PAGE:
Category Archives: TIFF 2014

Breakup Buddies – Ning Hao, Director

This is a Chinese movie. It is entirely in Mandarin with really bad subtitles. It is apparently a classic of the genre (road trip) but to be honest I did not like it, could not follow the plot and ultimately did not care either way. I think this is a cultural thing totally. I do not get Chinese cinema at all. So while there were some very funny scenes and some spectacular scenery the movie left me cold. So unless you can understand Mandarin stay away. I sadly made a very bad choice here.

http://www.tiff.net/festivals/thefestival/programmes/specialpresentations/breakup-buddies

Who am I – No System is Safe – Baran bo Odar, Director

Sadly this movie will not likely show up in Toronto in the near future except maybe at the TIFF Lightbox. It is an all-German film about a group of computer hackers who start out having fun by hacking into right wing political parties and other obnoxious groups but got challenged to do more in order to be recognized by the hacker community. They started to take on bigger and bigger challenges until they go too far. The consequences are likely to land them all in jail but they manage to come out of it although how that happens is a very fun ride with at least two twists to the ending that leave you reeling. A fast paced ride that does not disappoint. If you can see this movie do so. It reminded me of The Usual Suspects and other classics of the genre.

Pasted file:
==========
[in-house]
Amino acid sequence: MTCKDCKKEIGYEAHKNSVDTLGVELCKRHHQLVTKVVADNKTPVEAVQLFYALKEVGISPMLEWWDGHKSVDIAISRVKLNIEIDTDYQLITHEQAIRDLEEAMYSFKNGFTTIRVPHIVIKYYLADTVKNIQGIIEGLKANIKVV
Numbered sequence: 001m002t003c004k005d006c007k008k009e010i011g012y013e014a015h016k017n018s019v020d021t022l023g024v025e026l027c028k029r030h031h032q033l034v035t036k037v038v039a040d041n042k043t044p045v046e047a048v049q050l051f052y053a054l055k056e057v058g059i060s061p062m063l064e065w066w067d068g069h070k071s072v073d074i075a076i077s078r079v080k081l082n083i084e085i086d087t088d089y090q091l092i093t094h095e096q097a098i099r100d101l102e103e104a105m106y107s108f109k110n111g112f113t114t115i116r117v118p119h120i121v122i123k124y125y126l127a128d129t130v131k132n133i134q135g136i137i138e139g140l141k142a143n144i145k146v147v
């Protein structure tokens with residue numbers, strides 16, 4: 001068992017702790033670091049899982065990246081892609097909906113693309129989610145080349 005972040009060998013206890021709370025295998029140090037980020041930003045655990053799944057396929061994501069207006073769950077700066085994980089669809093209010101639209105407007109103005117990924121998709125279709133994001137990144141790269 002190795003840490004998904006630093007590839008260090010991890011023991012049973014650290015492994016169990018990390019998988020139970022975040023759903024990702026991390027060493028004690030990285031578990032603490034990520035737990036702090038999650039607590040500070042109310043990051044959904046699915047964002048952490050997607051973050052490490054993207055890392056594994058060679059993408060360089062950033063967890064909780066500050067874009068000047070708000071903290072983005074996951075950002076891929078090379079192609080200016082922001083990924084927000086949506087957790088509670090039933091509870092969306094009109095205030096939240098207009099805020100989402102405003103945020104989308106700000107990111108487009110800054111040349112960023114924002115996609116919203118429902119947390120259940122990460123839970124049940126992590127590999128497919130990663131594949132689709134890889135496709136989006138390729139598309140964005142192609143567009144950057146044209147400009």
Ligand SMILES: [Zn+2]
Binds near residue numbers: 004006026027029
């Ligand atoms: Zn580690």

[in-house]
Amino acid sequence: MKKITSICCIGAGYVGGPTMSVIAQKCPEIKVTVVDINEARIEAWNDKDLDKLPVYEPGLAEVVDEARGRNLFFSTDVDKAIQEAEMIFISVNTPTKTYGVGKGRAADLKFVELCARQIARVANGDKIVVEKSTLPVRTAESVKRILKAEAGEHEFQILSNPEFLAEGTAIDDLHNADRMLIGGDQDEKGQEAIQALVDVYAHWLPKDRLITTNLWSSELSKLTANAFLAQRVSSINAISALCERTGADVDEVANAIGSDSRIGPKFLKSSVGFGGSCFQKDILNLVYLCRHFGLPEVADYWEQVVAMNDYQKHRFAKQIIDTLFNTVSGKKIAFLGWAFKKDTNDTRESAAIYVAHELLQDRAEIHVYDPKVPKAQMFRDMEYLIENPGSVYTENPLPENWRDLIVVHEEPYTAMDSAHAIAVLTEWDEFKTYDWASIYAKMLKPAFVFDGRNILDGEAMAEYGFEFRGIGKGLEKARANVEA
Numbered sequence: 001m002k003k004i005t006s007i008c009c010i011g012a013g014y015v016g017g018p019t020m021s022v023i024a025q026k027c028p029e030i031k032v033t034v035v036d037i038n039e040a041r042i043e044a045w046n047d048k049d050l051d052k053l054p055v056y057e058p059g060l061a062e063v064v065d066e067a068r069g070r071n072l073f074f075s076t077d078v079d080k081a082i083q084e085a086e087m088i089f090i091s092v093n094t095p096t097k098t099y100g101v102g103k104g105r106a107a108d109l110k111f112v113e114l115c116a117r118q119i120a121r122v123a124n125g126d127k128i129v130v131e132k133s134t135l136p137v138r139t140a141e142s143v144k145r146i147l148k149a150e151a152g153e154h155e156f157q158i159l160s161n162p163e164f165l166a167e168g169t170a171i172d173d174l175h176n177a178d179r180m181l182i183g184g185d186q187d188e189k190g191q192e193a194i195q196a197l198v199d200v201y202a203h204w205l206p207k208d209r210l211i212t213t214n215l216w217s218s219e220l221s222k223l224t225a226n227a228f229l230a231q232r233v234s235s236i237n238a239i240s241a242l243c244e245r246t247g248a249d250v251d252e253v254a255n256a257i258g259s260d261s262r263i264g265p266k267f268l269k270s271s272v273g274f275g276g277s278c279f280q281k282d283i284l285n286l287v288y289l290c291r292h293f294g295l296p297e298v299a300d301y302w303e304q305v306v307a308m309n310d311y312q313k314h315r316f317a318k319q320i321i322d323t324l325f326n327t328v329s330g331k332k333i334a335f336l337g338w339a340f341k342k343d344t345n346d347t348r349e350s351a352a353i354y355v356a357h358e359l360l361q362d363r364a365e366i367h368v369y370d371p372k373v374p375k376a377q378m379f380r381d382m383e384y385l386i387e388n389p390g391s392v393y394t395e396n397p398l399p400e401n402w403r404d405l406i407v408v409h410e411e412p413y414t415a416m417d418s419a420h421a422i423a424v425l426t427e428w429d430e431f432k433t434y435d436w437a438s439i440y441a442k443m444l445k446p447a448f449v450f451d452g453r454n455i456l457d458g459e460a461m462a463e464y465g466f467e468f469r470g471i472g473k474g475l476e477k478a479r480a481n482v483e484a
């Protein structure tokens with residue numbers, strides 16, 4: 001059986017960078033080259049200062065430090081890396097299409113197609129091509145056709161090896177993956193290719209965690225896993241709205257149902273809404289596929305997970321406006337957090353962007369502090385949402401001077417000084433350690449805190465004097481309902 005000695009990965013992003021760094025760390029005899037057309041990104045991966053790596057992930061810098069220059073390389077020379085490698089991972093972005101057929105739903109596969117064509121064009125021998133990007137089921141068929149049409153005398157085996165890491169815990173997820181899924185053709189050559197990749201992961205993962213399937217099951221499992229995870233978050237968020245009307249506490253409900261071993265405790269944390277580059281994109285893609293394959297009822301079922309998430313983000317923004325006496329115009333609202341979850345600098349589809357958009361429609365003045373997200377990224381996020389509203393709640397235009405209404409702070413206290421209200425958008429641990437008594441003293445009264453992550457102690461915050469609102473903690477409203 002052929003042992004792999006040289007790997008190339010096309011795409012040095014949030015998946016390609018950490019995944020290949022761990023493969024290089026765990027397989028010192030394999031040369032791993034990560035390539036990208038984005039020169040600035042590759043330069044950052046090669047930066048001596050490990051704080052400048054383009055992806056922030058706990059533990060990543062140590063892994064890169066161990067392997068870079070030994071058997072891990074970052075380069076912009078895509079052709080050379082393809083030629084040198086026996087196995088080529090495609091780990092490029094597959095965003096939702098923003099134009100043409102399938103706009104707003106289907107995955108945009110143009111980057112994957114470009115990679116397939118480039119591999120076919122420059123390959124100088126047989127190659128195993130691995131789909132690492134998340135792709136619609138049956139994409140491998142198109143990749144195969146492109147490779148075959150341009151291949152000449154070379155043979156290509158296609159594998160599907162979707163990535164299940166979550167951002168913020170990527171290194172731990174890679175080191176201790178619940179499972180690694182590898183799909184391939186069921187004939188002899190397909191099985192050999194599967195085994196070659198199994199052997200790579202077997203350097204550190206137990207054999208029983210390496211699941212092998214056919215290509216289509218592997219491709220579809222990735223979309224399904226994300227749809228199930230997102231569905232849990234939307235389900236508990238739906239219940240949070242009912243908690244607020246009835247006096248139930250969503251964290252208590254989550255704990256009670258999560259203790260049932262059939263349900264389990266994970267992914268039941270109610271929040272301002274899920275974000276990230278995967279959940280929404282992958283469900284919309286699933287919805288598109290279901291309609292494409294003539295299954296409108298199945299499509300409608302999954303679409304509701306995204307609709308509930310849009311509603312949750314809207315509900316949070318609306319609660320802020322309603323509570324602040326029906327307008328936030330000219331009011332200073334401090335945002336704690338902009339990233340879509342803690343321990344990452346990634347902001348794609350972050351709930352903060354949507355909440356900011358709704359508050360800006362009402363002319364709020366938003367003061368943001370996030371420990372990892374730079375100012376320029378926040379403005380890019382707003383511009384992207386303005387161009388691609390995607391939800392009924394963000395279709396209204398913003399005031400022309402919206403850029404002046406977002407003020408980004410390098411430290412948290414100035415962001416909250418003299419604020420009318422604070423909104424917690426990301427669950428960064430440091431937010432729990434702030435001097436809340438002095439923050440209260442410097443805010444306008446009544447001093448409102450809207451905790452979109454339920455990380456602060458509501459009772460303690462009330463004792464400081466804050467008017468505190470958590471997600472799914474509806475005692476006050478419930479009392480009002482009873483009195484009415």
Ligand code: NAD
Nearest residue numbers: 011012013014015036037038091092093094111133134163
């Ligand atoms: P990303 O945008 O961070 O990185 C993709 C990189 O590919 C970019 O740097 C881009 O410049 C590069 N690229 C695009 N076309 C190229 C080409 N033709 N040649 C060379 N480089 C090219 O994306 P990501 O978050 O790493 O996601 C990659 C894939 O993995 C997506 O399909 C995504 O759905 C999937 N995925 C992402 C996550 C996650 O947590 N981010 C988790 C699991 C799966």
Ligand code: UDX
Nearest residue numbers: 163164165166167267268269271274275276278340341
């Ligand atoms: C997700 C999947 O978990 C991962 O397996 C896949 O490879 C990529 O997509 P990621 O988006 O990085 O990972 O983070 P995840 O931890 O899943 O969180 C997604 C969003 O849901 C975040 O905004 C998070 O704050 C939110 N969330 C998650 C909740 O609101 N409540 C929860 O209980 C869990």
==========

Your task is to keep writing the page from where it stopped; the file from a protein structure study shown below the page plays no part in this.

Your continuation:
http://www.tiff.net/festivals/thefestival/programmes/contemporary-world-cinema/who-am-i-no-system-is-safe

Mavericks – Jon Stewart

The last of the Maverick interviews for this week for me at least. This time with Daily Show host, Jon Stewart, who is premiering his new film Rosewater. Stewart’s fans will remember he took last summer off to go to Jordon to film a feature length docudrama about the arrest and torture of Iranian/Canadian journalist Maziar Bahari. Stewart is an incredibly smart and very funny satirist who has taken a very serious look in his first feature film. He was interviewed by CBC’s Jian Ghomeshi, also an Iranian/Canadian. The interview also included Bahari who joined the stage part way through the interview. It’s just one of the special opportunities you can have at the festival. By the way this interview and all the other ones are recorded and will be posted online at TIFF.net in the coming days.